The Female Reproductive System

The female reproductive system is designed to carry out several functions. It produces the female egg cells necessary for reproduction, called the ova or oocytes. The system is designed to transport the ova to the site of fertilization. Conception, the fertilization of an egg by a sperm, normally occurs in the fallopian tubes. After conception, the uterus offers a safe and favorable environment for a baby to develop before it is time for it to make its way into the outside world. If fertilization does not take place, the system is designed to menstruate (the monthly shedding of the uterine lining). In addition, the female reproductive system produces female sex hormones that maintain the reproductive cycle.

During menopause the female reproductive system gradually stops making the female hormones necessary for the reproductive cycle to work. When the body no longer produces these hormones a woman is considered to be menopausal.

What parts make-up the female anatomy?
The female reproductive anatomy includes internal and external structures.

The function of the external female reproductive structures (the genital) is twofold: To enable sperm to enter the body and to protect the internal genital organs from infectious organisms. The main external structures of the female reproductive system include:

  • Labia majora: The labia majora enclose and protect the other external reproductive organs. Literally translated as "large lips," the labia majora are relatively large and fleshy, and are comparable to the scrotum in males. The labia majora contain sweat and oil-secreting glands. After puberty, the labia majora are covered with hair.
  • Labia minora: Literally translated as "small lips," the labia minora can be very small or up to 2 inches wide. They lie just inside the labia majora, and surround the openings to the vagina (the canal that joins the lower part of the uterus to the outside of the body) and urethra (the tube that carries urine from the bladder to the outside of the body).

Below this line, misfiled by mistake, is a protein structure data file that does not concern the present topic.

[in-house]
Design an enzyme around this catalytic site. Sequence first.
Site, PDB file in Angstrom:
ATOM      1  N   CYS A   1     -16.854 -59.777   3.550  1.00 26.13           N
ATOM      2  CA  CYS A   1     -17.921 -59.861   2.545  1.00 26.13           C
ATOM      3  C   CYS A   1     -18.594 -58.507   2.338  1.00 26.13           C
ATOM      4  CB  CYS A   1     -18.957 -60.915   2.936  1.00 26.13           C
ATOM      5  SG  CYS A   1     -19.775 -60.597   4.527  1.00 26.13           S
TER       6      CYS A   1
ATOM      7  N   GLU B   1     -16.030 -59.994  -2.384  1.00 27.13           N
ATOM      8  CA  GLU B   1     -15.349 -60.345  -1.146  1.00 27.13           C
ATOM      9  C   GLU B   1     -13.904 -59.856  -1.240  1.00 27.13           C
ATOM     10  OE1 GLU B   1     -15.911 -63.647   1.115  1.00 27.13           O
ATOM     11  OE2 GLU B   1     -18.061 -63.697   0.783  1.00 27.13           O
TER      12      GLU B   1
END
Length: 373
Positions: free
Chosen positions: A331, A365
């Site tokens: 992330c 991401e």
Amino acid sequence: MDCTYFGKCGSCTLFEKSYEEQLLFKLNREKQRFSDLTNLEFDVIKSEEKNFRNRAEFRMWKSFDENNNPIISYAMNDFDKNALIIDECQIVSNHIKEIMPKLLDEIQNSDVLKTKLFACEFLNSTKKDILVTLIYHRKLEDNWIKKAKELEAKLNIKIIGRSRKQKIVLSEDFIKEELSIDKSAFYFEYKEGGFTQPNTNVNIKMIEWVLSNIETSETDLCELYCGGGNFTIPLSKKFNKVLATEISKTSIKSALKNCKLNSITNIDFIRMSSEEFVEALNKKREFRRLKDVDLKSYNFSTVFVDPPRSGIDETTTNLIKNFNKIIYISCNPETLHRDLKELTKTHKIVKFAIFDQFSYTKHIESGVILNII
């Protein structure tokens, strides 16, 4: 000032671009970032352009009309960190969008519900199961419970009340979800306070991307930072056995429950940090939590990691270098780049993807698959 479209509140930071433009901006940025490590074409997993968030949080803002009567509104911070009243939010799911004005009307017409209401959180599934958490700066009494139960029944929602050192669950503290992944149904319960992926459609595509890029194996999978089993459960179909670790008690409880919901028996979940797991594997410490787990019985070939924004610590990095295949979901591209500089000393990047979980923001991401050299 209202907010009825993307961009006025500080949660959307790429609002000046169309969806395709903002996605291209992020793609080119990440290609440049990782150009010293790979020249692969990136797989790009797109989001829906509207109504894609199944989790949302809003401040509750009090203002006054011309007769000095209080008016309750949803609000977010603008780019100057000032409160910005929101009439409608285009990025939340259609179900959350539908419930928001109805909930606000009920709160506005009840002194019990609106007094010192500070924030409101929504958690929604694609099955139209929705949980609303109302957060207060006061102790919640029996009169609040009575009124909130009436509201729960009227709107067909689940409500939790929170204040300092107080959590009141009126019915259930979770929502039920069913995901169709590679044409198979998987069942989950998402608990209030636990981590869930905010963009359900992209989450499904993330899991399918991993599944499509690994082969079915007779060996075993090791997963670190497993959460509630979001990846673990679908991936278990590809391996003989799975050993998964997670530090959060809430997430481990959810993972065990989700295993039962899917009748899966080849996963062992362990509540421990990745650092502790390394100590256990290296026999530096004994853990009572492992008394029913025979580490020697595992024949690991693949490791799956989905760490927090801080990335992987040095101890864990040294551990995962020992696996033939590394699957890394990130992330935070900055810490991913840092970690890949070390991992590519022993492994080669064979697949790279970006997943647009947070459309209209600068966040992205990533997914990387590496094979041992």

• Bartholinís glands: These glands are located next to the vaginal opening and produce a fluid (mucus) secretion.
  • Clitoris: The two labia minora meet at the clitoris, a small, sensitive protrusion that is comparable to the penis in males. The clitoris is covered by a fold of skin, called the prepuce, which is similar to the foreskin at the end of the penis. Like the penis, the clitoris is very sensitive to stimulation and can become erect.

The internal reproductive organs include:

  • Vagina: The vagina is a canal that joins the cervix (the lower part of uterus) to the outside of the body. It also is known as the birth canal.
  • Uterus (womb): The uterus is a hollow, pear-shaped organ that is the home to a developing fetus. The uterus is divided into two parts: the cervix, which is the lower part that opens into the vagina, and the main body of the uterus, called the corpus. The corpus can easily expand to hold a developing baby. A channel through the cervix allows sperm to enter and menstrual blood to exit.
  • Ovaries: The ovaries are small, oval-shaped glands that are located on either side of the uterus. The ovaries produce eggs and hormones.
  • Fallopian tubes: These are narrow tubes that are attached to the upper part of the uterus and serve as tunnels for the ova (egg cells) to travel from the ovaries to the uterus. Conception, the fertilization of an egg by a sperm, normally occurs in the fallopian tubes. The fertilized egg then moves to the uterus, where it implants to the uterine wall.

What happens during the menstrual cycle?
Females of reproductive age (anywhere from 11-16 years) experience cycles of hormonal activity that repeat at about one-month intervals. (Menstru means "monthly"; hence the term menstrual cycle.) With every cycle, a womanís body prepares for a potential pregnancy, whether or not that is the womanís intention. The term menstruation refers to the periodic shedding of the uterine lining.